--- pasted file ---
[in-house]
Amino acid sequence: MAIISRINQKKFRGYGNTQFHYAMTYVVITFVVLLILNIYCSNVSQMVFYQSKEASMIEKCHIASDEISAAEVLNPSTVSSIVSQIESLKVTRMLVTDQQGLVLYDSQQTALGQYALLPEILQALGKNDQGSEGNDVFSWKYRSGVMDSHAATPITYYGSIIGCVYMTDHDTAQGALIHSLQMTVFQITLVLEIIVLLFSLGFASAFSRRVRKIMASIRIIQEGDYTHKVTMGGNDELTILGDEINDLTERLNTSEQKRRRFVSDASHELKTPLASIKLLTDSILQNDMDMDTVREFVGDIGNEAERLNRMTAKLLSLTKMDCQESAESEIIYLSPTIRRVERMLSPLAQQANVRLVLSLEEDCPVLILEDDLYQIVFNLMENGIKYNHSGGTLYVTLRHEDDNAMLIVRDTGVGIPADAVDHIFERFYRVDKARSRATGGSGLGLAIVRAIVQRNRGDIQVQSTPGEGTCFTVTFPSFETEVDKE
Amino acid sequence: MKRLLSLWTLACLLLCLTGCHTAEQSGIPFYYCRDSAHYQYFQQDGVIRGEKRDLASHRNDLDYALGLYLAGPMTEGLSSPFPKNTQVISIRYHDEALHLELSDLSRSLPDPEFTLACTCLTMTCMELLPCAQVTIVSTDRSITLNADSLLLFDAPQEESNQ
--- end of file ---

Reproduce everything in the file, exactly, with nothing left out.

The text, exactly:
[in-house]
Amino acid sequence: MAIISRINQKKFRGYGNTQFHYAMTYVVITFVVLLILNIYCSNVSQMVFYQSKEASMIEKCHIASDEISAAEVLNPSTVSSIVSQIESLKVTRMLVTDQQGLVLYDSQQTALGQYALLPEILQALGKNDQGSEGNDVFSWKYRSGVMDSHAATPITYYGSIIGCVYMTDHDTAQGALIHSLQMTVFQITLVLEIIVLLFSLGFASAFSRRVRKIMASIRIIQEGDYTHKVTMGGNDELTILGDEINDLTERLNTSEQKRRRFVSDASHELKTPLASIKLLTDSILQNDMDMDTVREFVGDIGNEAERLNRMTAKLLSLTKMDCQESAESEIIYLSPTIRRVERMLSPLAQQANVRLVLSLEEDCPVLILEDDLYQIVFNLMENGIKYNHSGGTLYVTLRHEDDNAMLIVRDTGVGIPADAVDHIFERFYRVDKARSRATGGSGLGLAIVRAIVQRNRGDIQVQSTPGEGTCFTVTFPSFETEVDKE
Amino acid sequence: MKRLLSLWTLACLLLCLTGCHTAEQSGIPFYYCRDSAHYQYFQQDGVIRGEKRDLASHRNDLDYALGLYLAGPMTEGLSSPFPKNTQVISIRYHDEALHLELSDLSRSLPDPEFTLACTCLTMTCMELLPCAQVTIVSTDRSITLNADSLLLFDAPQEESNQ